The Britain’s Got Talent judge David Walliams made derogatory and sexually explicit remarks about contestants during the recording of an episode of the ITV show, according to a leaked transcript seen by the Guardian.
Walliams, one of the UK’s best-known television personalities and children’s book authors, was recorded referring to one contestant as a “cunt” and saying of another: “She thinks you want to fuck her, but you don’t.”
The offensive remarks were made during a recorded audition show at the London Palladium in January 2020. Lawyers for Walliams and Thames TV, the production company behind Britain’s Got Talent, argued the comments were part of a private conversation never intended for broadcast.
One of the incidents captured in the transcript involved an older performer who engaged in some lighthearted banter with the judges in which he made a jibe about Walliams.
After an unsuccessful audition, the pensioner walked off stage. When he was out of earshot, the transcript suggests, Walliams described him as “a cunt” three times.
His comments were picked up by microphones used to capture discussions between the judges when they are sitting at their desk in the centre of the auditorium. The recordings are understood to have been made for potential broadcast in Britain’s Got Talent or other spin-off shows, which often feature candid remarks made by the judges between auditions.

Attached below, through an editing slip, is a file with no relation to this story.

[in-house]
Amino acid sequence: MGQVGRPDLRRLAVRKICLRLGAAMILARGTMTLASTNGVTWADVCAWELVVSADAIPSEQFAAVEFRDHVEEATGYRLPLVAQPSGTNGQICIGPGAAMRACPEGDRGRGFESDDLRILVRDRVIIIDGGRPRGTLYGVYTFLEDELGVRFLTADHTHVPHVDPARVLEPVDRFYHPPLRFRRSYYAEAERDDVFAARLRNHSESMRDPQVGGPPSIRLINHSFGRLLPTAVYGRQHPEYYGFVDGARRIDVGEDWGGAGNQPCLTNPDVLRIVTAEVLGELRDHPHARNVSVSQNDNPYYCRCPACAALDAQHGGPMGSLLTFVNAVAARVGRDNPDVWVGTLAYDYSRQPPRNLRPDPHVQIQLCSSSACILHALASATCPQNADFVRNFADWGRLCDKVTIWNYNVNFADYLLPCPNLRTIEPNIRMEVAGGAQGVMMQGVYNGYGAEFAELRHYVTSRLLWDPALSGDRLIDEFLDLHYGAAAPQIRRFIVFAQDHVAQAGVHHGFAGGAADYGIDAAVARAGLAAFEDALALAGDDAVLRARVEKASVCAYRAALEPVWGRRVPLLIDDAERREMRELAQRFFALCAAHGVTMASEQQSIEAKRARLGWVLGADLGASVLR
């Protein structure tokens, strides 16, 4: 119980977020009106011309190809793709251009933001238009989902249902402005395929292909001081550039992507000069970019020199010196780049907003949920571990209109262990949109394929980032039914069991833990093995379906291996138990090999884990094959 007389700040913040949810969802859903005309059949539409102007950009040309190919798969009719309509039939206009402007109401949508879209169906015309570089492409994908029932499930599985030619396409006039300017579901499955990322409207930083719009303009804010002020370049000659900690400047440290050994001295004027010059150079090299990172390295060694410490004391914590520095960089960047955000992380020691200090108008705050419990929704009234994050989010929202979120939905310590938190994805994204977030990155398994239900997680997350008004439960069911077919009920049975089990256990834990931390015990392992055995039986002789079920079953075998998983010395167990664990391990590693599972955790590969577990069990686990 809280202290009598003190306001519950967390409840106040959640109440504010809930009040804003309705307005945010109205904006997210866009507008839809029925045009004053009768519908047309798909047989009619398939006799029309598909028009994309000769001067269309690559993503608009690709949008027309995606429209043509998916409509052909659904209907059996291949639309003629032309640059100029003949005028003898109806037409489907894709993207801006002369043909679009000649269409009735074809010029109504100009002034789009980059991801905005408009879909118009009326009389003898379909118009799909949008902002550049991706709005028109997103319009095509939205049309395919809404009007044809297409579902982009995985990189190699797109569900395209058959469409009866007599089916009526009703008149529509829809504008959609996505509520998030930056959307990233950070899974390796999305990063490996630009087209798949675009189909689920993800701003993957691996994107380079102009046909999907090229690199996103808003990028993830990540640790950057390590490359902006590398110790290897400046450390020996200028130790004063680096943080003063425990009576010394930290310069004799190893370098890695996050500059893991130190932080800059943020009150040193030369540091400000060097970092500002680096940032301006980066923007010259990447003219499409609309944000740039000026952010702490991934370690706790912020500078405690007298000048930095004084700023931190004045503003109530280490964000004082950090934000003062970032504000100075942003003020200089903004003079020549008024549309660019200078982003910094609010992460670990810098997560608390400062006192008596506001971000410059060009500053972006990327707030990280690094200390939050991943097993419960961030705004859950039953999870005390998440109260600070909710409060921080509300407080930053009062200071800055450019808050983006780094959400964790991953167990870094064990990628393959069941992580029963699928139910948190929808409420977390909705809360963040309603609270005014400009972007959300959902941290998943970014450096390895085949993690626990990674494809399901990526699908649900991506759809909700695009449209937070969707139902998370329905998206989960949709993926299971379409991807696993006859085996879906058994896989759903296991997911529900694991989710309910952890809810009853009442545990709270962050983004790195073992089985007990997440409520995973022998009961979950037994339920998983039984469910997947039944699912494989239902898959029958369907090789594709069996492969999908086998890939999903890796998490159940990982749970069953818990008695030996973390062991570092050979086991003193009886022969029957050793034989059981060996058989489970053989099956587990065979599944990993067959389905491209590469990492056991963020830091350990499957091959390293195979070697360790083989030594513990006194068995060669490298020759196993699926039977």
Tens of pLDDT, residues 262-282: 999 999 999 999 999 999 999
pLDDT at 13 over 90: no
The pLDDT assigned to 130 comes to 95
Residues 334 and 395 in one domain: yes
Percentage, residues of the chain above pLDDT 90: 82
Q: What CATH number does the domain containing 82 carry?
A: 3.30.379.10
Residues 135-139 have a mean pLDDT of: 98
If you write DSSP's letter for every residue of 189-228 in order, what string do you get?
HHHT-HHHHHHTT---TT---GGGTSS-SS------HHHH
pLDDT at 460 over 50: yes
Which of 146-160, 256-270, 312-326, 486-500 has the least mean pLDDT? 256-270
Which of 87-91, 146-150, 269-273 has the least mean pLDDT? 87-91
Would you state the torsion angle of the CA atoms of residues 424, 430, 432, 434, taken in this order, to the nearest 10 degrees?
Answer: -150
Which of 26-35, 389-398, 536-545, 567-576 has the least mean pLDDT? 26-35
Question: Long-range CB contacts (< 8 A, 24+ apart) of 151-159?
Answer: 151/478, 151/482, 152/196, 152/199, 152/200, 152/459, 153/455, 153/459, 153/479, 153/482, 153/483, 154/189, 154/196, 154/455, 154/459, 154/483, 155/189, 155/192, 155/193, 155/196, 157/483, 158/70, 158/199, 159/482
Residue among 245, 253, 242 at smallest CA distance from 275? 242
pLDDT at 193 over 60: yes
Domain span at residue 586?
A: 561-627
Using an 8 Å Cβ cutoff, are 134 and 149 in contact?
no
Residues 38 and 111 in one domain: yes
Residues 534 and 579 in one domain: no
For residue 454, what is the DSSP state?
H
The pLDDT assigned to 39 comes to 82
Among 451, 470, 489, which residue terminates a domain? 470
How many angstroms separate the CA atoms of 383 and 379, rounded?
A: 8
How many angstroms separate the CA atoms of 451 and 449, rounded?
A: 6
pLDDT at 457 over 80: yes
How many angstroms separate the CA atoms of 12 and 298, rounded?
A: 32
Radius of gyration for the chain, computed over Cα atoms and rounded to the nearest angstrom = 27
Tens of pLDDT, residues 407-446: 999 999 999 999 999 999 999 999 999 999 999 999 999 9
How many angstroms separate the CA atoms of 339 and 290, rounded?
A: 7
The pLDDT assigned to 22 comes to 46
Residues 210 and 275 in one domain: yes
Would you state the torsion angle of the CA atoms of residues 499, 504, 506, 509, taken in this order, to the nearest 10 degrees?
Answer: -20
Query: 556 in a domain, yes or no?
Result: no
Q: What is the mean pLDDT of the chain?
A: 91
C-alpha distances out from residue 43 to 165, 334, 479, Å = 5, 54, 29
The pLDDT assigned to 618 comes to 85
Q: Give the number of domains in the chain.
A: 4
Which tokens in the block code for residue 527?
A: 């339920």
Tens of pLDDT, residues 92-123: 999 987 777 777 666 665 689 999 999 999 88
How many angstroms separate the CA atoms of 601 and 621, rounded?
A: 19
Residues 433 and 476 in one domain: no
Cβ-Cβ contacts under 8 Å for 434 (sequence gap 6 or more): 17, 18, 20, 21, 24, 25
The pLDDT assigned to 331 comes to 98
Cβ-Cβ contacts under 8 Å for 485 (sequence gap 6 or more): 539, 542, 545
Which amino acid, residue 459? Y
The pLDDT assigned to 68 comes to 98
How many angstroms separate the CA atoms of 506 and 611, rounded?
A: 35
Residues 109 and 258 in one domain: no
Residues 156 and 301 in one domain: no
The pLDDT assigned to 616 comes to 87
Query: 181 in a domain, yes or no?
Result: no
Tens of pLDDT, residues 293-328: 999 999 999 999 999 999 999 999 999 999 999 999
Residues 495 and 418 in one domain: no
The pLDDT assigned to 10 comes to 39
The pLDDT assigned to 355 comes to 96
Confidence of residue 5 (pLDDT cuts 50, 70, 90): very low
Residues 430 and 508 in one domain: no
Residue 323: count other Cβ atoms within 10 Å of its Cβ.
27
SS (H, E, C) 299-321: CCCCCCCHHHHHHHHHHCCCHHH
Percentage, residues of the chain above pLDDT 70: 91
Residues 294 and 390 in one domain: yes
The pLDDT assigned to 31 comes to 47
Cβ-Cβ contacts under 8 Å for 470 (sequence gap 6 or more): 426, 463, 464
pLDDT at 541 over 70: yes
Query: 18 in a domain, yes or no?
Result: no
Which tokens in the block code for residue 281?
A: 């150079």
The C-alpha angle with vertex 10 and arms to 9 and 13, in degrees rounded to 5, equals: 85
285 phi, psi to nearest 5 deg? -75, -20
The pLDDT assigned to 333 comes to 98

The other incident occurred shortly after a female contestant auditioning on the same show had walked off stage. When her performance was over, Walliams remarked: “She’s like the slightly boring girl you meet in the pub that thinks you want to fuck them, but you don’t.”
Walliams reiterated: “She thinks you want to fuck her, but you don’t.”
He then added: “I know, she’s just like: ‘Oh, fuck off!’ I was saying, she thinks you want to fuck her, but you don’t. It’s the last thing on your mind, but she’s like: ‘Yep, I bet you do!’ ‘No I don’t!’ I had a bit of a boner, but now it’s going, it’s now shrivelled up inside my body.”
In a statement, Walliams said: “I would like to apologise to the people I made disrespectful comments about during breaks in filming for Britain’s Got Talent in 2020. These were private conversations and – like most conversations with friends – were never intended to be shared. Nevertheless, I am sorry.”
A Thames spokesperson said that even though the production company regarded Walliams’ comments as private, his language was “inappropriate” and he had been reminded of the show’s “expectations as to future professional conduct”.
Walliams’ comments were the only instances of derogatory remarks about contestants in leaked transcripts from three episodes that were reviewed by the Guardian. There is no suggestion that Simon Cowell or any other judge made offensive remarks about contestants.
A spokesperson for Cowell and Syco Entertainment, the co-producer of Britain’s Got Talent, said: “We were unaware of the alleged conversation until contacted by the Guardian, and whilst it is not suggested Simon heard the alleged remarks, we can confirm he did not. Britain’s Got Talent is a family show and we do not condone the use of any such language.”
Walliams’ remarks about contestants are likely to raise questions about his conduct on the hit show, and contribute to the ongoing debate about the ethics of reality TV and its treatment of members of the public.